Teacher pleads no contest to assaulting student with hammer - Hawaii News Now - KGMB and KHNL

Teacher pleads no contest to assaulting student with hammer

David Izumi David Izumi
David Izumi David Izumi

By Minna Sugimoto - bio | email

KANEOHE (HawaiiNewsNow) - A Windward Oahu teacher accused of throwing a claw hammer and injuring a student in April gave up his court fight by pleading no contest Monday.

David Izumi's jury-waived trial for third-degree assault was scheduled for Monday. But he decided to give up his right to a trial without the benefit of a plea deal, knowing full well that it could cost him his job.

The longtime educator and robotics coach says he feels horrible about what happened and wishes that he could take it back.

Family, friends and former students showed up at Kaneohe District Court to show their support for a Kailua High teacher accused of a startling crime.

"He's a really loving person. He does community service, does cooking for the churches," Andrew Ikeda, former student, said. "So it was a real big shocker."

Investigators say a male student suffered a gash to his head that required several stitches when he was struck by a hammer that was tossed by his wood shop teacher, David Izumi.

Saying he just didn't feel right about fighting the charge, the defendant pleaded no contest to third-degree assault.

"I wish there was something I could say or something I could do to let him know how much I, how sorry I am," he said.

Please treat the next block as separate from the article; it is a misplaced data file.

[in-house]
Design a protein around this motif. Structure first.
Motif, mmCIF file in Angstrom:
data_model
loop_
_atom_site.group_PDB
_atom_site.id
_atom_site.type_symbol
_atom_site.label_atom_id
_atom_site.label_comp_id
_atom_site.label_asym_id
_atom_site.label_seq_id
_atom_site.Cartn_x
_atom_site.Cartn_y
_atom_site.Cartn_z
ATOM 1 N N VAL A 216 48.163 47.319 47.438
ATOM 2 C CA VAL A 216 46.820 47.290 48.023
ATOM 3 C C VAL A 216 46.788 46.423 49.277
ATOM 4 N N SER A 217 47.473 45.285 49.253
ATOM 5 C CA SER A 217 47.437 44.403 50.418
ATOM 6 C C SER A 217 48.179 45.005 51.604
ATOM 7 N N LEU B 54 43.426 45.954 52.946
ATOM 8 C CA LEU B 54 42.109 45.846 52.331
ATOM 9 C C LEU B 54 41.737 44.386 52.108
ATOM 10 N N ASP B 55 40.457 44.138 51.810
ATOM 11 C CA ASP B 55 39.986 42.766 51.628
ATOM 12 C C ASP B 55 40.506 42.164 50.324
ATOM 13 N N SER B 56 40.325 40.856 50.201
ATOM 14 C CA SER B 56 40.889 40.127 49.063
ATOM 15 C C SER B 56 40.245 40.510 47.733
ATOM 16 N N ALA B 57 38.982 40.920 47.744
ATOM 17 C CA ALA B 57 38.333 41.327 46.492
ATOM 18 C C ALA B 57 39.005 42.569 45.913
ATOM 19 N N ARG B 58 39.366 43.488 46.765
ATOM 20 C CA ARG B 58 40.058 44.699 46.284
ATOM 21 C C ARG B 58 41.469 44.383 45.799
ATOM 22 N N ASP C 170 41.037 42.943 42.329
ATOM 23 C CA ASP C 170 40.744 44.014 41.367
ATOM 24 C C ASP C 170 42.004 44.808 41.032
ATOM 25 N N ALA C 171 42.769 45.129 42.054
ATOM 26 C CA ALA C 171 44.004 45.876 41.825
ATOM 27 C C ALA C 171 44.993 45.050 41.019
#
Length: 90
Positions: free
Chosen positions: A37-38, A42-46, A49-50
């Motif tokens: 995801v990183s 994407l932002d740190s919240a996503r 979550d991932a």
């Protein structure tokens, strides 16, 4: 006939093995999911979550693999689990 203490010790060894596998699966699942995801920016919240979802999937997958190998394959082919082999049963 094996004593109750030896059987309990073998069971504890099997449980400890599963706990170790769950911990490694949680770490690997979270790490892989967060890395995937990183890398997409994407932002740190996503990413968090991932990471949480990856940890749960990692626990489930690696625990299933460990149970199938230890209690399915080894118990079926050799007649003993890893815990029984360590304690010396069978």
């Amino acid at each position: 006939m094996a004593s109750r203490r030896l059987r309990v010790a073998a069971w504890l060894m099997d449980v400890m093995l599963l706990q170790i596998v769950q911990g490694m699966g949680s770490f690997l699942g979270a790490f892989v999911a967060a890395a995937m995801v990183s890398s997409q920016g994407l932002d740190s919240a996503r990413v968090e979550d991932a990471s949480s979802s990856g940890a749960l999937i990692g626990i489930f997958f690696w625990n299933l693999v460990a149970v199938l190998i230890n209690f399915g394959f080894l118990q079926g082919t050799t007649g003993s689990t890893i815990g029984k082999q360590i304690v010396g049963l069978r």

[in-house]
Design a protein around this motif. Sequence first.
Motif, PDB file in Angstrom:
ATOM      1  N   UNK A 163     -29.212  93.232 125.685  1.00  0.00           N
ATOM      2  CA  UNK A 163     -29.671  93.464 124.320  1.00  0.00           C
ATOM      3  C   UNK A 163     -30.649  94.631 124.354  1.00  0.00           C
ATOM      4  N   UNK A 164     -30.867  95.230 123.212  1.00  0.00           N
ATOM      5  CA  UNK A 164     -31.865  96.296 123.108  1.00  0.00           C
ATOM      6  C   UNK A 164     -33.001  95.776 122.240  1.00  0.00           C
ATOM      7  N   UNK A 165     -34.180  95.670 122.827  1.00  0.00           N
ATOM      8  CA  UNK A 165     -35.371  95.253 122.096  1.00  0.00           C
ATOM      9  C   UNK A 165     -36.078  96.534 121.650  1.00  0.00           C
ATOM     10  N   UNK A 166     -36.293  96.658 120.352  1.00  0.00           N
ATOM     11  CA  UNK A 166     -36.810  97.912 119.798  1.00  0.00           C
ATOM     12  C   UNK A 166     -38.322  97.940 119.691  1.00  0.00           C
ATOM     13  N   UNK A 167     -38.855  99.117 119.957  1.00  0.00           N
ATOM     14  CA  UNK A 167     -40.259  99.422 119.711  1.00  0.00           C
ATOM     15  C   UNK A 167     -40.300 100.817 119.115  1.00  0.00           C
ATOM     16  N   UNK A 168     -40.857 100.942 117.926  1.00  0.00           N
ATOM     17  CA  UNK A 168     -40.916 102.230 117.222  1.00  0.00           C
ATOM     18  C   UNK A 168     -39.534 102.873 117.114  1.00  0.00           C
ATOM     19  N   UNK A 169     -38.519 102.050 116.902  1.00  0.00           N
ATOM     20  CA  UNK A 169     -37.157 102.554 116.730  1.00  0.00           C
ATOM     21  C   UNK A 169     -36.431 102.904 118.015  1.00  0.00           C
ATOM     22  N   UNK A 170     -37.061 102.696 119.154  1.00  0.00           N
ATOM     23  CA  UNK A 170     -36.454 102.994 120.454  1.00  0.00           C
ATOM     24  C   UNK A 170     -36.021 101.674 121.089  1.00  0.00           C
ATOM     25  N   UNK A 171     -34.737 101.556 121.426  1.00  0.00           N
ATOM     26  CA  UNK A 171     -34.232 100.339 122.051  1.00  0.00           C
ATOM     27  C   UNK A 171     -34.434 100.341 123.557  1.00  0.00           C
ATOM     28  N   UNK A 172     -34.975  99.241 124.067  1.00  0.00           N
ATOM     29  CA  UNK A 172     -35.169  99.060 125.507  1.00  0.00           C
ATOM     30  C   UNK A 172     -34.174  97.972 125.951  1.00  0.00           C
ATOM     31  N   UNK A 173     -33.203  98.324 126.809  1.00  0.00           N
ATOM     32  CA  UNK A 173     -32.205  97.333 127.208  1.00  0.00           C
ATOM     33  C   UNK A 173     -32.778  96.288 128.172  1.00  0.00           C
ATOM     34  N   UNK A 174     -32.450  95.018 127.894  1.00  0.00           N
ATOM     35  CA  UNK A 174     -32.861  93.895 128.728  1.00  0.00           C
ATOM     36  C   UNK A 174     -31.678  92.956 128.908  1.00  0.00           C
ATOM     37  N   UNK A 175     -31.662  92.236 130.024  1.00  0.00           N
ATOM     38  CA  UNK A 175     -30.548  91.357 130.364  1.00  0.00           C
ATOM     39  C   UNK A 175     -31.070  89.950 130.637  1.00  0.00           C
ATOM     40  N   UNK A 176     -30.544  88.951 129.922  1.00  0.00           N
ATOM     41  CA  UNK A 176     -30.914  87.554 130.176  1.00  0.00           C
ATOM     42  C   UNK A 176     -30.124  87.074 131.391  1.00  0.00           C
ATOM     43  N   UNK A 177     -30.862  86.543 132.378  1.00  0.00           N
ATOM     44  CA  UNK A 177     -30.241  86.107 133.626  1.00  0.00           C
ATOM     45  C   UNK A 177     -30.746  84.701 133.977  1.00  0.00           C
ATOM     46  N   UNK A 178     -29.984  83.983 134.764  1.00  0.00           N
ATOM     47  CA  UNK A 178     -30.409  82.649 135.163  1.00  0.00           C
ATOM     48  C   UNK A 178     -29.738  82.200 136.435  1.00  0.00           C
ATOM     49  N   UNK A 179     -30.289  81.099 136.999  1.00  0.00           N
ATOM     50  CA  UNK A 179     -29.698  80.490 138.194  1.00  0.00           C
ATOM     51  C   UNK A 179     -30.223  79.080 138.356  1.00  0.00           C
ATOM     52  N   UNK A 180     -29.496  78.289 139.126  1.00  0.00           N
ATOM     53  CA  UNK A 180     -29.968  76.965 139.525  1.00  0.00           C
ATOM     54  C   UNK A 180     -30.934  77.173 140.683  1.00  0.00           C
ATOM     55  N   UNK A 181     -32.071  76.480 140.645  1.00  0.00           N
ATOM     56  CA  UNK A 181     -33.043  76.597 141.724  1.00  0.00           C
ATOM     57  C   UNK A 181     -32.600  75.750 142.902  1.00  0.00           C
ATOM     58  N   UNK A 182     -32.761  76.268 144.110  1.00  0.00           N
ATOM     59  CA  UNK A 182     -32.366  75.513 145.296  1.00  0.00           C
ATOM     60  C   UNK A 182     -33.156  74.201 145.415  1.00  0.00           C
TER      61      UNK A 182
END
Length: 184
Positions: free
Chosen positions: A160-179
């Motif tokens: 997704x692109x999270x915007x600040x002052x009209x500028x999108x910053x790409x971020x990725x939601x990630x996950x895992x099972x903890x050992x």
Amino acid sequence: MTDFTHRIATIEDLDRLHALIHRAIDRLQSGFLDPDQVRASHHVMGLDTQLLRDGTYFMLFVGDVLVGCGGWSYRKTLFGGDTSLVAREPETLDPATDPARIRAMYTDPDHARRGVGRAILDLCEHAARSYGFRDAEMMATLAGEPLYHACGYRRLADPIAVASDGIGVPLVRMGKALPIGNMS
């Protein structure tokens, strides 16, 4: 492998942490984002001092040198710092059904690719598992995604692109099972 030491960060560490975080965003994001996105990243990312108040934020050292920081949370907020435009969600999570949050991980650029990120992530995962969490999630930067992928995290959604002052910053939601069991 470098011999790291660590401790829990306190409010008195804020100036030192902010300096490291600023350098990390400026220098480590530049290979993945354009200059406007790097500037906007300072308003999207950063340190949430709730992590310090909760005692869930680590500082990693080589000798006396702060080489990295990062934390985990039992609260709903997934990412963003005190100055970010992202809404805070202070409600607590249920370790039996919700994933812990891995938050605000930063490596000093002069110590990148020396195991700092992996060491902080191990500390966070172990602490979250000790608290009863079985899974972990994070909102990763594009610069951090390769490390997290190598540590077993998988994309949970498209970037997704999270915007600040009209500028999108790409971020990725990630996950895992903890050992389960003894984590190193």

Defense attorney William Domingo says his client was dealing with the deaths of three family members and other stressful issues, and that his actions were not intentional.

"I picked up the tool because they leave the tools around," Izumi recalled. "The student was sitting to my back, to my left side. I just, I looked and I'd seen glass. I said, oh, and I tried to hold it back. It came out of my hand and hit the student."

Armed with dozens of letters of support, the 51-year-old is asking for a deferral, which is an opportunity to keep the misdemeanor conviction off his record.

Izumi remains on paid administrative leave, but says his principal has recommended termination. He's going up the state Department of Education chain of command in hopes of saving the career he's had for 12 years.

"It's my life to teach," he said. "The way I feel about teaching, it's hard not to teach."

Izumi's lawyer says his client always dealt with difficult personal matters himself, but is now undergoing counseling to help him deal with stress better.

The judge will rule on his deferral request at his sentencing September 28th.

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